Works of Hippocrates (Detail), ca. 1338 (Text), 1341–1345 (Illuminations). Paris, Bibliothèque Nationale de France.
Byzantine medical art was grounded in the Greco-Roman medicine transmitted by Hippocrates and Galen and new concepts introduced by such physicians as Oribasios of Pergamon, Aetius of Amida, Alexander of Tralles and Paul of Aegina. The twelfth century ushered in a significant transfer of knowledge between Byzantium and the Arab and Persian worlds.
Men as well as women practiced medicine. Theoretical teaching was coupled with a practical internship in a hospital. Diagnosis relied on analysis of pulse and urine. Diet and bathing were integral parts of remedies. External remedies included plasters, ointments, and eye washes, while internal treatments ranged from pills, powders, and oils to gargles, enemas, and infusions.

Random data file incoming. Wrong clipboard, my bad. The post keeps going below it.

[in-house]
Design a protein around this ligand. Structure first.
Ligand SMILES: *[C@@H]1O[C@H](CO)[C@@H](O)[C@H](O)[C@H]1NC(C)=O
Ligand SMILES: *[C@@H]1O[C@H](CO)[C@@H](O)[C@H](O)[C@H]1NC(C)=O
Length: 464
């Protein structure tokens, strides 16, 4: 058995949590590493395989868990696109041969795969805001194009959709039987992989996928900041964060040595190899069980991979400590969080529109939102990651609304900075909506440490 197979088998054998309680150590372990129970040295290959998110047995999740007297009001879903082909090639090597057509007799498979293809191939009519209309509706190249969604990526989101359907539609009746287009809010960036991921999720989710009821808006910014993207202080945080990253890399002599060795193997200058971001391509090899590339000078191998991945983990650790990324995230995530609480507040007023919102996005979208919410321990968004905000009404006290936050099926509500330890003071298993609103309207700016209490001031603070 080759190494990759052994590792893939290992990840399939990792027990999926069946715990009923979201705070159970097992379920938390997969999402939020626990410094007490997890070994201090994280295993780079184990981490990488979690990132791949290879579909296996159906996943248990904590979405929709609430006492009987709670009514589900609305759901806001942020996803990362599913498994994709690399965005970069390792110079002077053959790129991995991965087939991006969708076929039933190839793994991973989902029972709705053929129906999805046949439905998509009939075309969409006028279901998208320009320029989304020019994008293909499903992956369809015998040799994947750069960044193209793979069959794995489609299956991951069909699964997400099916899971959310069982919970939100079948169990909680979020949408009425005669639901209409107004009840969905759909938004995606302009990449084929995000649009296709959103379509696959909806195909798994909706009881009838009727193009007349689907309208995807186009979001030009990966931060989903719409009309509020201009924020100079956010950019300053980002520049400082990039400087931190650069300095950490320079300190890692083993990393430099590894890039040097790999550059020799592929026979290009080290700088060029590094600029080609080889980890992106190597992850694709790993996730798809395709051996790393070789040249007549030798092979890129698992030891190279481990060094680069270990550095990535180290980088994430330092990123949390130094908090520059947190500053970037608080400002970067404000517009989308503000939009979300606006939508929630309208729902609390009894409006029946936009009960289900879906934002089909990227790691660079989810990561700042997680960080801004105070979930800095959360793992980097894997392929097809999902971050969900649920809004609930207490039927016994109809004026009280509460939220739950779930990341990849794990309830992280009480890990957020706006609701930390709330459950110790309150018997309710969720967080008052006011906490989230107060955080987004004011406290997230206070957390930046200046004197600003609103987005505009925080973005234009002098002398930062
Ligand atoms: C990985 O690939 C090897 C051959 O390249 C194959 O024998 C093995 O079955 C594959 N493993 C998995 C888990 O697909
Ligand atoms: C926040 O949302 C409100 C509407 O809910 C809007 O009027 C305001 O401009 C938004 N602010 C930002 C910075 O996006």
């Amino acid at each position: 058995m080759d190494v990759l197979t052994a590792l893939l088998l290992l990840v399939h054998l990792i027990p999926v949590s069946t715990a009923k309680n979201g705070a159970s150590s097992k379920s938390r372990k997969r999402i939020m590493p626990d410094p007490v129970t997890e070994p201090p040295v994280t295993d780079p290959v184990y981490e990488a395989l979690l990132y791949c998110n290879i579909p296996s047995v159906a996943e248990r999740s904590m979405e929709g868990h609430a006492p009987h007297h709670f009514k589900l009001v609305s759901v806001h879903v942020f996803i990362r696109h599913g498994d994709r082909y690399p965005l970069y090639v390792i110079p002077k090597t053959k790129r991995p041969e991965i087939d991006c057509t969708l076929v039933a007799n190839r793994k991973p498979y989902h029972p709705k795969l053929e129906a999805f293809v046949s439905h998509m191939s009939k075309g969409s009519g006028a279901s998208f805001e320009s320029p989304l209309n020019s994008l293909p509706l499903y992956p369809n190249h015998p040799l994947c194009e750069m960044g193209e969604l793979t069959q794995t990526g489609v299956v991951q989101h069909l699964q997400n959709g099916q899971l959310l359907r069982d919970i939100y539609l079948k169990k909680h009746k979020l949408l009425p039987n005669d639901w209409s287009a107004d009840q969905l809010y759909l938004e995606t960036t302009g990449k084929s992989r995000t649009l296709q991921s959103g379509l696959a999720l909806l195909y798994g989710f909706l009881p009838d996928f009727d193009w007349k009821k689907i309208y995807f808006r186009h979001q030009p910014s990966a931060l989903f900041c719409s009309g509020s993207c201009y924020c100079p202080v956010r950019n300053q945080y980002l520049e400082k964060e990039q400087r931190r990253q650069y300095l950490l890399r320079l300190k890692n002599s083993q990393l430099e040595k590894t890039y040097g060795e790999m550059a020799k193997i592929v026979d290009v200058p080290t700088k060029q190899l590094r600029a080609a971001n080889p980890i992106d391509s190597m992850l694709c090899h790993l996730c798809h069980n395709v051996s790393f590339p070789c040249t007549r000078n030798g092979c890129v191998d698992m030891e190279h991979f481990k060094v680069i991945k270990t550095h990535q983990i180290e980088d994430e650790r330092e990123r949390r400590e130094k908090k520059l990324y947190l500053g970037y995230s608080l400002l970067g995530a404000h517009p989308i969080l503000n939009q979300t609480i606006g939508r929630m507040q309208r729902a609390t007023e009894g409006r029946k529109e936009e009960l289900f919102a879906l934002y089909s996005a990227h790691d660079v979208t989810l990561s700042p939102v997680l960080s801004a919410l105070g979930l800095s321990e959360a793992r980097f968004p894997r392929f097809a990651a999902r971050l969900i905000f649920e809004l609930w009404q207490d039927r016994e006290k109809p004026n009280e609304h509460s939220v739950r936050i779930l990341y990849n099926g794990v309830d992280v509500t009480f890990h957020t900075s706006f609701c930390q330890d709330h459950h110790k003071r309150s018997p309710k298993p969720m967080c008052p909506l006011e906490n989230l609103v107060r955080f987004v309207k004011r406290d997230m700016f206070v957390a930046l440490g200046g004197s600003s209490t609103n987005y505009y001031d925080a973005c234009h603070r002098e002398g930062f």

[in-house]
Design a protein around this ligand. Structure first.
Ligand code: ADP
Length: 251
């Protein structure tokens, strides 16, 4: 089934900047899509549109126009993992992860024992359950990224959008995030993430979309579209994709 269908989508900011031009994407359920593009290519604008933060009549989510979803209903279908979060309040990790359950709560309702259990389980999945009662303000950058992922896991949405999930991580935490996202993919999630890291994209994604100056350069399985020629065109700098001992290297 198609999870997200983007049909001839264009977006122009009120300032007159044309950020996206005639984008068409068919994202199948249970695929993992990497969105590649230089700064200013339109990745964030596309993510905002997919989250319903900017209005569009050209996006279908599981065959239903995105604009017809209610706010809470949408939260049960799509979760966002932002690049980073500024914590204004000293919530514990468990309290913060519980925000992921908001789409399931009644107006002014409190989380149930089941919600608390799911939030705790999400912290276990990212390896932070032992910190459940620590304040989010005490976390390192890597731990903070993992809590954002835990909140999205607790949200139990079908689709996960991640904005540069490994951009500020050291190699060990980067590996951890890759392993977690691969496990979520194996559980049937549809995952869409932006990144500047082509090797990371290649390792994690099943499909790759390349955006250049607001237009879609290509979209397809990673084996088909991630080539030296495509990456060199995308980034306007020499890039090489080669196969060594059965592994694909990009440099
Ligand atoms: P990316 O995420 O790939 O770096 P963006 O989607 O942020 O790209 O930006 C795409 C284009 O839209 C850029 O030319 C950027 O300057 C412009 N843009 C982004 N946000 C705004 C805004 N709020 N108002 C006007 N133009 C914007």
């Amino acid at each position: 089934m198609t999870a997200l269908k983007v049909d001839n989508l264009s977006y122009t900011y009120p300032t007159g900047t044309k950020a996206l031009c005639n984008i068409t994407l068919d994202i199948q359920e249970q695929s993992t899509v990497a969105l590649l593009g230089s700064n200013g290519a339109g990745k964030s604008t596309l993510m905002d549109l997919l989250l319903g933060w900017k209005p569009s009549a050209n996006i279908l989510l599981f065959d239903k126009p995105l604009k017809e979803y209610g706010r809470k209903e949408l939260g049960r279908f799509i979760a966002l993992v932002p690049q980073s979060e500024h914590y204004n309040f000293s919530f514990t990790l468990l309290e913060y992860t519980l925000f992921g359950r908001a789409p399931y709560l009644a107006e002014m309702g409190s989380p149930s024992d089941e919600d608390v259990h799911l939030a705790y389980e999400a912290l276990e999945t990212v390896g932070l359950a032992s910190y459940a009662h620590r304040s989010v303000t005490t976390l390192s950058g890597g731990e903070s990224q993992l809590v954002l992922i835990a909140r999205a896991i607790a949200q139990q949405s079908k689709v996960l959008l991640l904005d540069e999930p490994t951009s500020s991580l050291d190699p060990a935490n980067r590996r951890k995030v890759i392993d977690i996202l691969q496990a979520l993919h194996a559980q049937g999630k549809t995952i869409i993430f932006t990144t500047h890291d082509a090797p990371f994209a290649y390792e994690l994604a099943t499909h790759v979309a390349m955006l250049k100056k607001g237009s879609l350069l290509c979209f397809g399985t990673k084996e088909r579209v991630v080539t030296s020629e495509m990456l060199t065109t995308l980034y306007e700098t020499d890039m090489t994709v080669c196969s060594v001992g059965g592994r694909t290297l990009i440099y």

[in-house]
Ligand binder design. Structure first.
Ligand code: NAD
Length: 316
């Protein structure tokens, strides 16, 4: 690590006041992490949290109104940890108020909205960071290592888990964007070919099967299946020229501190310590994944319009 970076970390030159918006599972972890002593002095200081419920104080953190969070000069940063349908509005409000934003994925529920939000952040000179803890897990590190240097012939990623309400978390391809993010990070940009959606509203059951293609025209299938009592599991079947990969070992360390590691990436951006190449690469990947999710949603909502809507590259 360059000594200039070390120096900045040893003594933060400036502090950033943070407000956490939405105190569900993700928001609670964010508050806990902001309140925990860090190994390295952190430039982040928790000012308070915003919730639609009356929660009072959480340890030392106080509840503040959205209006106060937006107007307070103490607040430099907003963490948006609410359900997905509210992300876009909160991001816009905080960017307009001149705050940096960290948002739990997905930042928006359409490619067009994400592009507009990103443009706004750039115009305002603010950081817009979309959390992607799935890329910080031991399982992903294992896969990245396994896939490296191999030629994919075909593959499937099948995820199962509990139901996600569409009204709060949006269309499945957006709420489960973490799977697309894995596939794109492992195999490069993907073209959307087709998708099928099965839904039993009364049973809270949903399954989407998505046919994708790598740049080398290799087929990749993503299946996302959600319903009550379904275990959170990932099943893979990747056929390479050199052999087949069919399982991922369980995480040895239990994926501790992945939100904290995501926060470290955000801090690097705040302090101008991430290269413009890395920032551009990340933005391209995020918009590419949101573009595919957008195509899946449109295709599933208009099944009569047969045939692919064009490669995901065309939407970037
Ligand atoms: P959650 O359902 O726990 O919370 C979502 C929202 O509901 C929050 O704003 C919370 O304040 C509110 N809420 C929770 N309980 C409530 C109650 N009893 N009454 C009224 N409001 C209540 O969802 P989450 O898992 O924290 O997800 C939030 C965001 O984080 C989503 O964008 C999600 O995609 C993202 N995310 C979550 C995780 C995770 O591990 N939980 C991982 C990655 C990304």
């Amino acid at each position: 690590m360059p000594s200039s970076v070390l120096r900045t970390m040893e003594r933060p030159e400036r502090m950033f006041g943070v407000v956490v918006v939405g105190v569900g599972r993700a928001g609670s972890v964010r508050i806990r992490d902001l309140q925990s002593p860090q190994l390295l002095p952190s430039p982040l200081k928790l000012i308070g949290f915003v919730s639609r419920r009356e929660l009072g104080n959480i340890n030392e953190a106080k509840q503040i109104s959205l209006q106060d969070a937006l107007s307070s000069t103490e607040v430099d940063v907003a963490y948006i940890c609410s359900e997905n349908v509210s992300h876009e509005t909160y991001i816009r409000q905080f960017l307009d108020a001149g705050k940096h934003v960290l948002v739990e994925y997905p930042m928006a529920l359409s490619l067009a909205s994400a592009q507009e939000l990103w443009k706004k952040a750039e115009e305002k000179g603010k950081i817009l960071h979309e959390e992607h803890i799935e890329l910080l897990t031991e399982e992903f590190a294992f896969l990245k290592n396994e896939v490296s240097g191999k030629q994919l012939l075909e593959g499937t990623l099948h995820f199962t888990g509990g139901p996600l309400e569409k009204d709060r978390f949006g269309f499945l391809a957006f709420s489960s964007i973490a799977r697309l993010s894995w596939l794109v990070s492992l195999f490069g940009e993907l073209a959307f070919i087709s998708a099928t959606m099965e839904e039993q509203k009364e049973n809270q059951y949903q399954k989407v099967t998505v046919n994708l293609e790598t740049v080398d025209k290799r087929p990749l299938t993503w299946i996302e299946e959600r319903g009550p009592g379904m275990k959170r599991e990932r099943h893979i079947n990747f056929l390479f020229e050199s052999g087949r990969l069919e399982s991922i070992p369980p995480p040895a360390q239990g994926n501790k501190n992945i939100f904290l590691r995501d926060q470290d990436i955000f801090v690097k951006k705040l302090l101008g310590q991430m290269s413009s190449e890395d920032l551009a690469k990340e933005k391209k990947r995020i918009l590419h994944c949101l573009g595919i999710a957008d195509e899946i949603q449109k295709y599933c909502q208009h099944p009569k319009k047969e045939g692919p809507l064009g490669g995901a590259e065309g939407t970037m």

Funerary Stele of a Woman Doctor, 4th–5th century. Marble. İstanbul Archaeological Museums.
Ophtalmological diseases, epilepsy, hernias, and gout were among the most common afflictions. The Byzantines’ successful system of hospitals performed more than a hundred different surgical procedures, including mastectomy, aneurysmectomy, and trepanation along with ear and nose reconstructions. Some surgical instruments of great utility are still used today.
- Brigitte Pitarakis, curator of Life Is Short, Art Long
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